Letters to the Editor:Heavy drinking caused by strict U.S. regulations

In response to “Binges linked to drinking age” from the Oct. 7 issue of The Maroon

Dear editor,

I would like to applaud Garrett Fontenot for his recent column “Binges linked to drinking age.” It is wonderful to see that someone else has noticed this link between excessive drinking and age restrictions on alcohol, and had the courage to write about it. Of course, as he said in his column, some people of legal age do drink heavily; however, as with almost everything in life, there are exceptions to every rule. If you look at other countries that have much lower drinking ages, you will also notice that they have far fewer drinking problems compared to Americans. In New Zealand, it is legal to drink at any age, provided that there is a parent present, and in France it is normal for everyone, including those under the drinking age, to have a glass of wine with dinner.

The major difference between these countries and the United States is that drinking alcohol is a norm, even for younger citizens, instead of a taboo. The youth are also taught how to drink in moderation by their families and society. Because it is a norm, the urge to imbibe absurd amounts of alcohol is drastically lower. With the high restrictions that America has on alcohol, it leaves many youth wondering why it is so taboo for them to drink; and, in general, they never learn the concept of moderation, as it is not commonplace in their societal environment. To use a well-known saying, we want what we cannot have. That, combined with the general rebellious nature of teenagers and not knowing how to drink in moderation, leads to this dangerous binge drinking.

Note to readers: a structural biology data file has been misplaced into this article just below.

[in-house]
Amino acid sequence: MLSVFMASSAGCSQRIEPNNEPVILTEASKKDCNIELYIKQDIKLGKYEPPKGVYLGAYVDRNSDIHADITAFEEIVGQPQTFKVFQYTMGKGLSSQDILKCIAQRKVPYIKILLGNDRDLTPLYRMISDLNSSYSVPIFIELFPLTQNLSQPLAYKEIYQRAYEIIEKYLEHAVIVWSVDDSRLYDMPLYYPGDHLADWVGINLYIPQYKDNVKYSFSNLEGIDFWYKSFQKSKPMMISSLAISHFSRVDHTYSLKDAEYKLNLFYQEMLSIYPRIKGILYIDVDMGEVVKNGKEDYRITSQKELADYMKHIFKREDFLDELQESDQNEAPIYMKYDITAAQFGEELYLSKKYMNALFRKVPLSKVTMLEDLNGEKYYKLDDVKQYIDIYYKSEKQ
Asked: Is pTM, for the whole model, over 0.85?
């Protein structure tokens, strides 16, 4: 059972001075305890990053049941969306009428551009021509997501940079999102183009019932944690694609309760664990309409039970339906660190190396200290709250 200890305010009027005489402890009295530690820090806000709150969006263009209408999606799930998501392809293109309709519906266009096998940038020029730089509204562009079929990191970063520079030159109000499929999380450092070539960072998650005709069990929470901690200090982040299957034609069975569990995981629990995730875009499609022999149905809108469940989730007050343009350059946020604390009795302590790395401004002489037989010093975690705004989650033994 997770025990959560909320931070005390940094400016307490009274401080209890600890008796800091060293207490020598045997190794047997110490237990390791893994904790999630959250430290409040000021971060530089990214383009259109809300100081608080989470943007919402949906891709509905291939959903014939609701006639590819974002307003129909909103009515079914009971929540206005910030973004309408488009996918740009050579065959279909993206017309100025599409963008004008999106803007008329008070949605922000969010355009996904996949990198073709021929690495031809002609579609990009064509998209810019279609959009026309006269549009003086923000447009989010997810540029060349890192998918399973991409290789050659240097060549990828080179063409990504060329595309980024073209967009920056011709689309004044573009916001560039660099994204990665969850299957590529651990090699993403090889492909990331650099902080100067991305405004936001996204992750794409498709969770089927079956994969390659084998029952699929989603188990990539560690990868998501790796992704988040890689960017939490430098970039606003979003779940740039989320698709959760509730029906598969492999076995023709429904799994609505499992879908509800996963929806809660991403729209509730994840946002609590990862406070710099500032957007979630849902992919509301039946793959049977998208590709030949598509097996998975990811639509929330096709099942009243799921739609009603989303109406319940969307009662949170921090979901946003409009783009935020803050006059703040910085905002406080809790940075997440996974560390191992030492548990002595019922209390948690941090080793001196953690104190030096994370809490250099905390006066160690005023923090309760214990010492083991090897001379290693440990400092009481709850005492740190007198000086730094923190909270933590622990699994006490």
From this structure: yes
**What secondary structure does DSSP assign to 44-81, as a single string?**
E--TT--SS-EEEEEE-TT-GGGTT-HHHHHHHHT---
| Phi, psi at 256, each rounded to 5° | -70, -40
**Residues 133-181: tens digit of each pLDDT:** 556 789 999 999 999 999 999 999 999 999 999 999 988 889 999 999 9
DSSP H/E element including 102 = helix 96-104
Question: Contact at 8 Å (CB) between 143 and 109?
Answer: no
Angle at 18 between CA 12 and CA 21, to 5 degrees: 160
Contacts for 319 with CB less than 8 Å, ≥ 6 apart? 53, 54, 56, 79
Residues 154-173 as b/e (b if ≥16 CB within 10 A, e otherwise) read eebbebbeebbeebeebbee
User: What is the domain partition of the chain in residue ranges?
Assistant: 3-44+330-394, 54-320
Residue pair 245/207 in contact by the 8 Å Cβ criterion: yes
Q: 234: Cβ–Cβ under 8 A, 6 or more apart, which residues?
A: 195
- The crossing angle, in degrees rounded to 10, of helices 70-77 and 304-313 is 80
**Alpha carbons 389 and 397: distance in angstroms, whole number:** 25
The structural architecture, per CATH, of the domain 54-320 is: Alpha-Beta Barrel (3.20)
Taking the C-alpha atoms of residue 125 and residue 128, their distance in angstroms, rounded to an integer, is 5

I honestly believe and agree with Fontenot that if the drinking age were lower in the United States, we would not have so many young people going to the hospital every night for alcohol poisoning or just drinking heavily in general. As a scientist, I do understand and openly acknowledge that correlation does not necessarily equal causation. However, correlations still provide strong evidence for a number of things and we use correlations to make decisions all the time, so I am not willing to dismiss this correlation so easily. All in all, Fontenot wrote an excellent opinion piece, and I sincerely hope that people will take the things he said and the questions he posed to heart.


Michael Cain

Psychology Junior